Legislation may concern teachers

Forum Editor and Forum Editor

Teachers are living longer, working longer and receiving retirement pensions longer, but those benefits might be close to running out.

The State Teachers Retirement System manages a fund enrolled teachers pay into in order to receive benefits when they retire.

Because there are more teachers receiving benefits than there are teachers contributing, the fund, which has been around since 1920, is slowly depleting. STRS of Ohio is looking to implement several changes to the way teachers retire and what benefits they receive.

“We are a very mature system and we have a lot of people who collect,” said Nick Treneff, communications director for STRS Ohio. “We needed to make some changes.”

Possible changes include increasing the age teachers become eligible for retirement, how much service they must complete and the amount they must contribute to receive benefits. If passed by Ohio Congress, these changes will affect all teachers within the state of Ohio, including those employed by the University.

STRS is working to get the changes made at the state level in Ohio.

In May 2012, the Ohio Senate passed retirement reform legislation, which outlines these changes and more. The fate of the legislation depends on the Ohio House of Representatives’ decision.

Age of retirement eligibility and amount for service requirements will increase and will depend on how long each individual has worked.

Working longer to receive benefits may not be a big deal for some teachers, as teachers typically work longer than those in other professions, said Roger Anderson, secretary of the Ohio Higher Education Retirees Association and former University professor.

Most teachers enjoy their jobs and stay within the same school throughout their entire career, he said.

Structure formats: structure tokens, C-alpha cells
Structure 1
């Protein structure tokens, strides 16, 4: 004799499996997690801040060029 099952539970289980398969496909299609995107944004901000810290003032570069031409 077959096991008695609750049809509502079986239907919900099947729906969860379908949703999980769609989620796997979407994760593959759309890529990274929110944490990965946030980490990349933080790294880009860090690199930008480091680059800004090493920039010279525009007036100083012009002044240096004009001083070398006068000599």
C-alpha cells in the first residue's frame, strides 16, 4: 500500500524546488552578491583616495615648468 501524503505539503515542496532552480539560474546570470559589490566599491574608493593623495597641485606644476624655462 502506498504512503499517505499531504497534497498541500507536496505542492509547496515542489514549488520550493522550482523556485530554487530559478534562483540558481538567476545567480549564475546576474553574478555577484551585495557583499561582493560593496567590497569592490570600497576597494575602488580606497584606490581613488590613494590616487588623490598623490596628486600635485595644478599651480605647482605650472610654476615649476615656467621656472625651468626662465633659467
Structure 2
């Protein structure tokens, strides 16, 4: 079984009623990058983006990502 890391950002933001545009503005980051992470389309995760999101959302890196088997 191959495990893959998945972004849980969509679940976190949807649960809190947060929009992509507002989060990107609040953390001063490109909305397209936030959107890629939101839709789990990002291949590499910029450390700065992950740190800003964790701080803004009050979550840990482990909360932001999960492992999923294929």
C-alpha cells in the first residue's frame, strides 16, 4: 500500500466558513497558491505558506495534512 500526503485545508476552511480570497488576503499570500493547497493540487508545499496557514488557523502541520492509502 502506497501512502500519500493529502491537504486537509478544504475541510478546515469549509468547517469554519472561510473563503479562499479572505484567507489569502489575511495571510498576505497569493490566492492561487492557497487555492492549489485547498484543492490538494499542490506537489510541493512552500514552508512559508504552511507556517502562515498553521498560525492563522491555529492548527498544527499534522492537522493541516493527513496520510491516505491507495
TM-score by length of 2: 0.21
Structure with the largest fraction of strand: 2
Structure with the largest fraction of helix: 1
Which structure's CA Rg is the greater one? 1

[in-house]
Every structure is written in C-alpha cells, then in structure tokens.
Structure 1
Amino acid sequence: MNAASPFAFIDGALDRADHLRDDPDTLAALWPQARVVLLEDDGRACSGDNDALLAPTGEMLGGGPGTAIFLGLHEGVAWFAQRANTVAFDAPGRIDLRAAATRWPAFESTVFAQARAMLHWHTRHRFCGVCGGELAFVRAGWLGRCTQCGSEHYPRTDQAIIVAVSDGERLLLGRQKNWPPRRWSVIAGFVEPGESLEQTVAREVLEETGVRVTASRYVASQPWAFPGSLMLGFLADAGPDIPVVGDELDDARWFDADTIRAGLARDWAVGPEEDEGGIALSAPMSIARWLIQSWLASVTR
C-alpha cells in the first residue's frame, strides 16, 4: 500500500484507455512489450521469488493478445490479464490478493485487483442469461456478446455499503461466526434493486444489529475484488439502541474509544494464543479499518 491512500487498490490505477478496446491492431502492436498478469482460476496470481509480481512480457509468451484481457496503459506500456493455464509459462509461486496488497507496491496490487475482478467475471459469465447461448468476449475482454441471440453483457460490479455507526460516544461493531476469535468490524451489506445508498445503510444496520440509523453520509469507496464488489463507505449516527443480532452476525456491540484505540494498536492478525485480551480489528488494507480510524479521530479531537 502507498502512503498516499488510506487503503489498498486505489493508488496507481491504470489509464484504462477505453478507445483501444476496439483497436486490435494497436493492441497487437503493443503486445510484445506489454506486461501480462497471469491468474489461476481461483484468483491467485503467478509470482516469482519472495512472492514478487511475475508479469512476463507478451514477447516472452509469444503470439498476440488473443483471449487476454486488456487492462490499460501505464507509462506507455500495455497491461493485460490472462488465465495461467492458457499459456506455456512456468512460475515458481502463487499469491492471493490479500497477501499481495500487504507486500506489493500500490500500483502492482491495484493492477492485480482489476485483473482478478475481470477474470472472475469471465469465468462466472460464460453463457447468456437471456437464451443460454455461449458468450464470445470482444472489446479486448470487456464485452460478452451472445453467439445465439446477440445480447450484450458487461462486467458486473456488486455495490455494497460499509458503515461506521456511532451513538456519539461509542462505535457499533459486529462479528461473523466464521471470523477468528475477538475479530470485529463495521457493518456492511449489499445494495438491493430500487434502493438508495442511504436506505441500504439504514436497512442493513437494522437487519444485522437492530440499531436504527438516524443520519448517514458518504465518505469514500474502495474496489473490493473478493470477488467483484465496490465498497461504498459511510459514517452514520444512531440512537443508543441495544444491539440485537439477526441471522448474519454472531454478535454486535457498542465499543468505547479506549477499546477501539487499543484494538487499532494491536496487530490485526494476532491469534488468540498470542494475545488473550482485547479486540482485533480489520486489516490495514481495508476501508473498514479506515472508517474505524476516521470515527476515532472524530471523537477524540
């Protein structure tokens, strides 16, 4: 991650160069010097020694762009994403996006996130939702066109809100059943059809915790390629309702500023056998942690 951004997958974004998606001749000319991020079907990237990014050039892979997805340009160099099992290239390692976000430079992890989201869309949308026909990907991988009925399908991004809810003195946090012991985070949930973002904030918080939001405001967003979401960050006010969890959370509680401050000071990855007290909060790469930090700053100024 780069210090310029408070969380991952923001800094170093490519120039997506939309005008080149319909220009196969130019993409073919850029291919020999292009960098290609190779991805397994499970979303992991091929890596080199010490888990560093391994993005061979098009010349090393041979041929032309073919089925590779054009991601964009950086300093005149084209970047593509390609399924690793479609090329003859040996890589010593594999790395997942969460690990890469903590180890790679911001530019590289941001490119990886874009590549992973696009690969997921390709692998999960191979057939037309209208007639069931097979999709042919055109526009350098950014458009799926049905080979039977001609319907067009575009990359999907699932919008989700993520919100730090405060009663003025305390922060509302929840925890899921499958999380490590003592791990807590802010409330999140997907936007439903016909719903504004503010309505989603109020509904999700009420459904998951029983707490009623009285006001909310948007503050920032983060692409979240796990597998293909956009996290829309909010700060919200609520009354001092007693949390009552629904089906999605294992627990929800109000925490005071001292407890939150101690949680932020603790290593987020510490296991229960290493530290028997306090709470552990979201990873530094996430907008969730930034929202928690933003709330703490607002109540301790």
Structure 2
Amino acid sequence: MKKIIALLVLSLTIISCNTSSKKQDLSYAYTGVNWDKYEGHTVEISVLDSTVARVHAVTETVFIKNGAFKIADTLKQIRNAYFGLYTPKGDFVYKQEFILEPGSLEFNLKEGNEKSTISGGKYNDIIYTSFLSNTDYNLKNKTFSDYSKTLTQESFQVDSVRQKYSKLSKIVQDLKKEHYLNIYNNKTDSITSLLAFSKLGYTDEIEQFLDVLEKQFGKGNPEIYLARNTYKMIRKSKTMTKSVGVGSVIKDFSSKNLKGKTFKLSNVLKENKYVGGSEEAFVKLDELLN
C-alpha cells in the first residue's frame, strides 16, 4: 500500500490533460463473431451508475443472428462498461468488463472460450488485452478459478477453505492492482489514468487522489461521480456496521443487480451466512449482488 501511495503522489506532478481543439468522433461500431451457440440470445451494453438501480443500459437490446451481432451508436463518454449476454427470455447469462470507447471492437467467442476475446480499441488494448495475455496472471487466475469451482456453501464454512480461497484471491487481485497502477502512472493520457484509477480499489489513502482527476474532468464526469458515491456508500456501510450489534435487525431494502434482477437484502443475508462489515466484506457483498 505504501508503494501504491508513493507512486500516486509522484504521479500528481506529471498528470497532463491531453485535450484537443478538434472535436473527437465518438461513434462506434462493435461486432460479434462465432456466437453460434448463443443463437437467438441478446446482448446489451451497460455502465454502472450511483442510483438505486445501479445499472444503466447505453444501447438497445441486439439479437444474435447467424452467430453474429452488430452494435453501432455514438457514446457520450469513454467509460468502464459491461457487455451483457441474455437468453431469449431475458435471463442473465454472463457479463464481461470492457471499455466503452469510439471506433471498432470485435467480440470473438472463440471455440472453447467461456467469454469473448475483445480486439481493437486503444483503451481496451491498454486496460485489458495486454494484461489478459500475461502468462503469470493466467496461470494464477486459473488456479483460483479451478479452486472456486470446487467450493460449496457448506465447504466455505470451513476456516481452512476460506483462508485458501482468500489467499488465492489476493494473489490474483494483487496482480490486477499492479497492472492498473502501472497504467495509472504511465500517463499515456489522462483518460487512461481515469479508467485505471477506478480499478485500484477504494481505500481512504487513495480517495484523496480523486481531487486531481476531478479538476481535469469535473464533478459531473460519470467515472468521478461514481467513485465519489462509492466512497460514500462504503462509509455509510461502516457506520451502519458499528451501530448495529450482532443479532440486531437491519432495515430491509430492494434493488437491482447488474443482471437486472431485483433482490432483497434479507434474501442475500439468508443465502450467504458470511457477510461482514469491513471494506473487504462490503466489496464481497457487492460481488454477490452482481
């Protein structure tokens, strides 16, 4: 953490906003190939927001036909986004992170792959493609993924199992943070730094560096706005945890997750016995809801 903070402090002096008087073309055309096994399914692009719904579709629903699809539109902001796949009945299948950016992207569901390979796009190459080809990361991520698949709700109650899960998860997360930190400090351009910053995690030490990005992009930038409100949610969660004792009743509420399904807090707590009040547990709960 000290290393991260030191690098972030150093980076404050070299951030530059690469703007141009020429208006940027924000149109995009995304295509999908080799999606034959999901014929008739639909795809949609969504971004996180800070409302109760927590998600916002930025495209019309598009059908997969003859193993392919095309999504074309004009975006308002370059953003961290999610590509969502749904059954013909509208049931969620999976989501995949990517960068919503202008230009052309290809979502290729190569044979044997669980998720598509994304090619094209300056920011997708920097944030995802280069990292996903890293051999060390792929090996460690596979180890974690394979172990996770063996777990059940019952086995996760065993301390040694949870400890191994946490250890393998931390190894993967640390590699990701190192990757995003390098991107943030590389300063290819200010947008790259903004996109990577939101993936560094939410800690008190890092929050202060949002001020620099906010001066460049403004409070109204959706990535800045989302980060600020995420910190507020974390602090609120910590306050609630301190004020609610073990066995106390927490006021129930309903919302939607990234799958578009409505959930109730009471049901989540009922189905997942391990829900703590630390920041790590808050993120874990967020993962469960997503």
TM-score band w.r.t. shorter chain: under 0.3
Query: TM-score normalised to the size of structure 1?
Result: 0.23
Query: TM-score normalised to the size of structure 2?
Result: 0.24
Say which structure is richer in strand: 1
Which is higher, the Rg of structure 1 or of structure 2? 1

Some teachers also have longer careers.

“Statistics show that teachers tend to take care of themselves better because of the nature of their job,” he said.

Teachers teach others to be nurturing and apply that same idea to themselves, he said.

Anderson is living proof of having a long career, as even though he officially retired from the University in 1998 after teaching political science since September 1967 he is still active within the University.

Some might not agree with the changes as it will require members to pay an increased contribution every month.

“We know everybody won’t be happy with the changes, but it’s for the long-term sustainability of the fund,” Trenoff said.

The STRS has worked with several retiree coalitiions since 2009 who are in favor of the reform, he said.

At the University, some teachers considered early retirement due to the possible changes, said Rebecca Ferguson, University chief human resources officer.

“They’re doing things to stabilize the system so in the long-term, [retirees] don’t have to worry,” Ferguson said. “Our systems are very healthy, but if we don’t take some action now, years from now [the system] will be less healthy.”

Some faculty members may wish to retire before 2013, when the first scheduled changes are set to begin if the House approves, she said.

“We have some faculty members who have been here for over 40 years,” she said. “From a student perspective, some of their favorite faculty members may be choosing to depart.”

After the changes are implemented, the system will save around $11 billion, Trenoff said.

“It’s a significant amount and we give us more solid financial footing,” he said. “Teachers live a long time in retirement, which is great, but that puts a lot on the system to make those promised payments.”